The phrase “no-brainer” is bandied around a little too much in the world of motoring journalism. We’re as guilty as anyone when it comes to this old chestnut, but when it comes to the ABT pack on the new Seat Leon Cupra R ST, there really is no better description.
Tick the £500 Abt option, and your hot Leon wagon’s power output will jump from 296bhp to 345, the torque swelling from 295 to 325lb ft. The increase in poke slashes two tenths from the 0-62mph, yet official fuel economy figures are barely affected. Most importantly, despite the 345bhp figure being made possible by a third-party tuning company, Abt-converted cars still get a full Seat warranty and are insurance rated.
Officially, this isn’t a modified car. No wonder most UK ST R buyers thus far have had the Abt stuff fitted.
Initially, it doesn’t feel all that different to a regular Cupra ST, but as soon as you’re past 3000rpm and the twin-scroll turbocharger has properly awoken from its slumber, the increase in performance is immediately noticeable. It certainly feels quicker than the new acceleration figure might suggest.
Speed builds at a startling rate, and yet, the character of the ‘EA888’ 2.0-litre TSI engine is intact. I’ve driven modified cars with this engine before, and it’s usually involved a burly, boosty mid-range. With the Abt pack, though, it’s still a smooth, flexible lump, and one that’ll still happily rev. It sounds great, too.
The front-wheel drive Leon ST Cupra was killed off years ago, so the ST R is - unlike its five-door hatchback equivalent - four-wheel drive. This makes the wagon Leon Cupra a little less exciting and less engaging, but with this well-judged extra portion of power, I didn’t find myself pining for the old FWD version.
What is a shame, though, is that there’s no manual. The six-speed stick shift fitted to fast VW Group MQB stuff isn’t the sweetest-shifting thing, but we’d still take it over the seven-speed auto. It’s mostly on the ball when left to its own devices, but the manual mode is a myth - set thusly, the Cupra R still shifts up for you at the top end, and even kicks down when you put your foot down. Not cool.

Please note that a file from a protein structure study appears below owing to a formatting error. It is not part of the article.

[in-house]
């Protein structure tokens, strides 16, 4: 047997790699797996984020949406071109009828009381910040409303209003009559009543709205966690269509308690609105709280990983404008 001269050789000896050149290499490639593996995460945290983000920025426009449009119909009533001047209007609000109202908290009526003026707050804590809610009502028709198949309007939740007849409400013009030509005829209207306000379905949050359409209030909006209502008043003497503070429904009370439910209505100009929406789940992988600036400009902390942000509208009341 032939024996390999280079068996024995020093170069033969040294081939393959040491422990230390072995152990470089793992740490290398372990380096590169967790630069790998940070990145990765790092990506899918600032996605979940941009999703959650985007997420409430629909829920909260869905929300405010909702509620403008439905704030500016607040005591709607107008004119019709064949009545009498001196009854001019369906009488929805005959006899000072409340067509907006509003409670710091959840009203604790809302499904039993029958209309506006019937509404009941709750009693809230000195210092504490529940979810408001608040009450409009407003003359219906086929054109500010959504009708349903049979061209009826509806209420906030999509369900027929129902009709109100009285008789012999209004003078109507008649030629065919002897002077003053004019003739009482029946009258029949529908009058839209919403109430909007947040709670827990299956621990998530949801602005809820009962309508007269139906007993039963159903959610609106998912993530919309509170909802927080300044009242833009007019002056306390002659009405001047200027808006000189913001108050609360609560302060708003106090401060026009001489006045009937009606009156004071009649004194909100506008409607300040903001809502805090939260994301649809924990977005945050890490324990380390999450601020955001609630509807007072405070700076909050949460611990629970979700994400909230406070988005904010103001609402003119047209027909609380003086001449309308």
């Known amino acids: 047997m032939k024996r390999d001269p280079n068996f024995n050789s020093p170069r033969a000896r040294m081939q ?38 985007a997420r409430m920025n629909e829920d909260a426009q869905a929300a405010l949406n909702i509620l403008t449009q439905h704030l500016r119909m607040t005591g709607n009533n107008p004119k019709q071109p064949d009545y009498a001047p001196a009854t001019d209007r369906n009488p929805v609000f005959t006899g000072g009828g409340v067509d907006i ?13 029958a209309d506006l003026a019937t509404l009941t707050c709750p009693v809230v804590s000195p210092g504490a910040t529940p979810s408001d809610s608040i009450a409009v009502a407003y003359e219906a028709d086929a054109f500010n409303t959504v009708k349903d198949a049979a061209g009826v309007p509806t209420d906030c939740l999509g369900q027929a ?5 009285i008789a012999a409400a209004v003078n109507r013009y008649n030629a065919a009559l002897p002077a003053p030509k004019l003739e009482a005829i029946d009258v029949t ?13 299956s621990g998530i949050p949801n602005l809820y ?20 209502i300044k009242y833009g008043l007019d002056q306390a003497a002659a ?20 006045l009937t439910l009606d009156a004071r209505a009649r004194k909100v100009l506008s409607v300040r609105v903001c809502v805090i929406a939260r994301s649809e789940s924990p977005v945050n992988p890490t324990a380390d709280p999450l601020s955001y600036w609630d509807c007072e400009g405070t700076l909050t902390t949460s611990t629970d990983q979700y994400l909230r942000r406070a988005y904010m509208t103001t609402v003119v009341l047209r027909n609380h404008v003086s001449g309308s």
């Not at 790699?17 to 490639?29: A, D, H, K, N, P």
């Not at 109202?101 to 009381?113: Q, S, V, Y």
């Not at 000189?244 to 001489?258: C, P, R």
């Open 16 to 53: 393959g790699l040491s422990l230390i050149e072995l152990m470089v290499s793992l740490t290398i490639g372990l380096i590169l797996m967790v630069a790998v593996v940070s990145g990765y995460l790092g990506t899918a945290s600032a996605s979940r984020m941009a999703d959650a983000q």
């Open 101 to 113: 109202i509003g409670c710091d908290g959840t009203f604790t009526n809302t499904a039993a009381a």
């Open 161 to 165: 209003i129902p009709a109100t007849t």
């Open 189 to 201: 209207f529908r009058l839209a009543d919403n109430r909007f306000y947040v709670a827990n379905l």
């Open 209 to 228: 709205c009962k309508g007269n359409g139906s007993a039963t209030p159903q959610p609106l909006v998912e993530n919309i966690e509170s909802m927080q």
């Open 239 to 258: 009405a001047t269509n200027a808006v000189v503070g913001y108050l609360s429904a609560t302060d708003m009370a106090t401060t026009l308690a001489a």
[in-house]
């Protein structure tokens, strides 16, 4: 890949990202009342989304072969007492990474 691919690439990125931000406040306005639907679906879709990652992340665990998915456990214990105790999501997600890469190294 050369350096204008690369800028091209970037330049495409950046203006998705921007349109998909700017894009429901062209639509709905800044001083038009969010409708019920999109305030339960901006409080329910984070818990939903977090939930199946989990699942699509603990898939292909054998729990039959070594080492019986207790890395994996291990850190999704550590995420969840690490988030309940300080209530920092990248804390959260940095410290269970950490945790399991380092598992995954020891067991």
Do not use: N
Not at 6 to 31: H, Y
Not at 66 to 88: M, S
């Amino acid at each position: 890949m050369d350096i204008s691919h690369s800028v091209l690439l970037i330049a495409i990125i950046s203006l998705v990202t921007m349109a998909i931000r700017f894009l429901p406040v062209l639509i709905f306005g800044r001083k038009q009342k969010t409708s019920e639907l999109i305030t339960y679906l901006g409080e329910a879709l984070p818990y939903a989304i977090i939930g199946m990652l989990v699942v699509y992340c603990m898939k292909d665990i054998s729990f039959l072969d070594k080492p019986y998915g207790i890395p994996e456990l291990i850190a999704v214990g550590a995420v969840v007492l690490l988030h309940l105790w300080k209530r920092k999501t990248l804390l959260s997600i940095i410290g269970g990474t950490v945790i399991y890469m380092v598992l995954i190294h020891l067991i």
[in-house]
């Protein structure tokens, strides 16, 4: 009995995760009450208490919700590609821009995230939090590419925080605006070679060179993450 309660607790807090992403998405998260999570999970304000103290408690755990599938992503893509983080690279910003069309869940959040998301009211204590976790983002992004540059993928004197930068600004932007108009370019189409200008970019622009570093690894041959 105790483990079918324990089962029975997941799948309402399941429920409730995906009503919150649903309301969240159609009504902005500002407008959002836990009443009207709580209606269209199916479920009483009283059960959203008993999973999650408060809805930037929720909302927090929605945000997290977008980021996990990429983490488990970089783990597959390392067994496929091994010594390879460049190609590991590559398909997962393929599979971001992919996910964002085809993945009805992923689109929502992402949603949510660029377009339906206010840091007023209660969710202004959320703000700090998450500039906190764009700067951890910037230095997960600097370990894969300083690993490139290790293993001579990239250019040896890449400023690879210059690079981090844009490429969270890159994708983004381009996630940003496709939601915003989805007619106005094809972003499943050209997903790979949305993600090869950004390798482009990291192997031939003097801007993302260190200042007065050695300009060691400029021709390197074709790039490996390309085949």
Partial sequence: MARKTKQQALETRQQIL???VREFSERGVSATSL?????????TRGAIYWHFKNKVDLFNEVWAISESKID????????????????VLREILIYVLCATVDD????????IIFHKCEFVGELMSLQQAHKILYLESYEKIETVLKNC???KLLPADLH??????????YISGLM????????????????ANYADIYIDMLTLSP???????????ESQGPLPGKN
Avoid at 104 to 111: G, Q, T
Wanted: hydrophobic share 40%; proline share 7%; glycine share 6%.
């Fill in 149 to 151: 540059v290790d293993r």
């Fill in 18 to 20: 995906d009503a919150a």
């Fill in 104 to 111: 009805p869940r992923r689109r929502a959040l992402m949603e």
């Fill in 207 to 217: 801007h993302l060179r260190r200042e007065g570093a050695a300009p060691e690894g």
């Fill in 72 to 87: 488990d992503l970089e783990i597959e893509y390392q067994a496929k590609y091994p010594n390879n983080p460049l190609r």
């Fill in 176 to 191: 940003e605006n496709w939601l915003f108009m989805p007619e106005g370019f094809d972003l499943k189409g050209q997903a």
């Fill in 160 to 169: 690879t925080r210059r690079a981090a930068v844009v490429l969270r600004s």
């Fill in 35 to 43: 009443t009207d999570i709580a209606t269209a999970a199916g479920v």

To go with the very lovely carbonfibre trim on the rear spoiler, front splitter and side skirts, Cupra has also given the Leon’s chassis a little fiddle for this special edition. It doesn’t go quite as far as the radically overhauled R hatchback, but you do get new front suspension uprights that increase negative camber, plus some more effective Brembo brakes.
It tackles corners much like any other Leon Cupra ST. The car stays remarkably flat even when being haphazardly thrown around, and the body control is well resolved on the whole, even if the ride errs a little too much on the firm side in Cupra mode.
The steering is fast, heavier than what you experience in the Cupra’s cousins like the VW Golf R, although ultimately quite lifeless. The four-wheel drive system is more than capable of handling the extra grunt Abt has unlocked - you won’t ever be wanting for traction unless deliberately provoking the car into understeer.
In calmer moments, the Leon is quiet, comfortable and good at all the boring stuff, like providing an infotainment system that isn’t irredeemably shit. The latter detail being surprisingly rare in modern cars.
The cabin’s copper bits and pieces - mirroring the design theme on the outside - won’t be to everyone’s taste, but I like them. Our main gripe about the normal Cupra Leon has always been the dull interior, but together with some Alcantara-trimmed parts like the steering wheel, the copper stuff makes the car feel as special as it should do.
And it really should do - with the Abt pack added, the Seat Leon ST Cupra R is £38,475. That said, the standard spec includes everything you’d ever realistically need, and I’m struggling to think of much else out there right now that ticks as many boxes with such an agreeable package. This might just be our new favourite fast wagon.